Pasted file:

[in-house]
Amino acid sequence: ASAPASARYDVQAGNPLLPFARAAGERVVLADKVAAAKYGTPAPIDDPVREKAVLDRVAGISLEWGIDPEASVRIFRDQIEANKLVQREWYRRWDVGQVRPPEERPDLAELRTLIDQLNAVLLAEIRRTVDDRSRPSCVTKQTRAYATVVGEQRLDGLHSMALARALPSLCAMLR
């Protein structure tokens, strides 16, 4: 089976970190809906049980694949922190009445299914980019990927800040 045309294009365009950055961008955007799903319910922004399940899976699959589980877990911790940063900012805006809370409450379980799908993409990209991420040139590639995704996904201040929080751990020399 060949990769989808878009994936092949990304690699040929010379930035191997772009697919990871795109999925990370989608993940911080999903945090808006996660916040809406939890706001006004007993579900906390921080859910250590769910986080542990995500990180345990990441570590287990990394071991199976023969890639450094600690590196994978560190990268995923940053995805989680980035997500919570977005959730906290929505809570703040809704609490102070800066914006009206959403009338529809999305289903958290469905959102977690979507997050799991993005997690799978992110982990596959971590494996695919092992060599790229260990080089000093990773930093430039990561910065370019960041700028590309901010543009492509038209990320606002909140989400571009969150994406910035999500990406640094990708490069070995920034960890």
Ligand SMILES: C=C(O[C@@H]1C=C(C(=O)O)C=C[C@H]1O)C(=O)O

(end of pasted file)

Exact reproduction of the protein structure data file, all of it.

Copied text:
[in-house]
Amino acid sequence: ASAPASARYDVQAGNPLLPFARAAGERVVLADKVAAAKYGTPAPIDDPVREKAVLDRVAGISLEWGIDPEASVRIFRDQIEANKLVQREWYRRWDVGQVRPPEERPDLAELRTLIDQLNAVLLAEIRRTVDDRSRPSCVTKQTRAYATVVGEQRLDGLHSMALARALPSLCAMLR
């Protein structure tokens, strides 16, 4: 089976970190809906049980694949922190009445299914980019990927800040 045309294009365009950055961008955007799903319910922004399940899976699959589980877990911790940063900012805006809370409450379980799908993409990209991420040139590639995704996904201040929080751990020399 060949990769989808878009994936092949990304690699040929010379930035191997772009697919990871795109999925990370989608993940911080999903945090808006996660916040809406939890706001006004007993579900906390921080859910250590769910986080542990995500990180345990990441570590287990990394071991199976023969890639450094600690590196994978560190990268995923940053995805989680980035997500919570977005959730906290929505809570703040809704609490102070800066914006009206959403009338529809999305289903958290469905959102977690979507997050799991993005997690799978992110982990596959971590494996695919092992060599790229260990080089000093990773930093430039990561910065370019960041700028590309901010543009492509038209990320606002909140989400571009969150994406910035999500990406640094990708490069070995920034960890």
Ligand SMILES: C=C(O[C@@H]1C=C(C(=O)O)C=C[C@H]1O)C(=O)O